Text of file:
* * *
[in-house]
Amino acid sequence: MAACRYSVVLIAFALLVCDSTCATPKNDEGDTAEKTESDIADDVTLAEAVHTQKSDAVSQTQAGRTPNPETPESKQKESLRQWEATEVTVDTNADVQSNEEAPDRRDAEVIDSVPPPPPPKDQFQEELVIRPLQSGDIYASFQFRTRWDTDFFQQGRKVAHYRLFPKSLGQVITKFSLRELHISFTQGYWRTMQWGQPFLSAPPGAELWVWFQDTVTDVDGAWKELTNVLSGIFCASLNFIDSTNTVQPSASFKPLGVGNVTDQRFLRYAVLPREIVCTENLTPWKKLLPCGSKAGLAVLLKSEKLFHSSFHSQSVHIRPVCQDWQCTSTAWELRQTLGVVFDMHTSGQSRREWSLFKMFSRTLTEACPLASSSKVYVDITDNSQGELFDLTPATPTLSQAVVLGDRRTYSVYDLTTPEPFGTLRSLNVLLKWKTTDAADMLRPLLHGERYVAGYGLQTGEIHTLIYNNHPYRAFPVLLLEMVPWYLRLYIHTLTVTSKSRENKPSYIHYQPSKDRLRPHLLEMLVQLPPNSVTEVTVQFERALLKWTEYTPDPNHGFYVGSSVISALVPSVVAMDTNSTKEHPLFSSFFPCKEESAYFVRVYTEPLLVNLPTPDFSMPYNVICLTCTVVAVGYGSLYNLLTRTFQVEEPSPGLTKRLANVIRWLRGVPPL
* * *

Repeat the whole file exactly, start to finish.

[in-house]
Amino acid sequence: MAACRYSVVLIAFALLVCDSTCATPKNDEGDTAEKTESDIADDVTLAEAVHTQKSDAVSQTQAGRTPNPETPESKQKESLRQWEATEVTVDTNADVQSNEEAPDRRDAEVIDSVPPPPPPKDQFQEELVIRPLQSGDIYASFQFRTRWDTDFFQQGRKVAHYRLFPKSLGQVITKFSLRELHISFTQGYWRTMQWGQPFLSAPPGAELWVWFQDTVTDVDGAWKELTNVLSGIFCASLNFIDSTNTVQPSASFKPLGVGNVTDQRFLRYAVLPREIVCTENLTPWKKLLPCGSKAGLAVLLKSEKLFHSSFHSQSVHIRPVCQDWQCTSTAWELRQTLGVVFDMHTSGQSRREWSLFKMFSRTLTEACPLASSSKVYVDITDNSQGELFDLTPATPTLSQAVVLGDRRTYSVYDLTTPEPFGTLRSLNVLLKWKTTDAADMLRPLLHGERYVAGYGLQTGEIHTLIYNNHPYRAFPVLLLEMVPWYLRLYIHTLTVTSKSRENKPSYIHYQPSKDRLRPHLLEMLVQLPPNSVTEVTVQFERALLKWTEYTPDPNHGFYVGSSVISALVPSVVAMDTNSTKEHPLFSSFFPCKEESAYFVRVYTEPLLVNLPTPDFSMPYNVICLTCTVVAVGYGSLYNLLTRTFQVEEPSPGLTKRLANVIRWLRGVPPL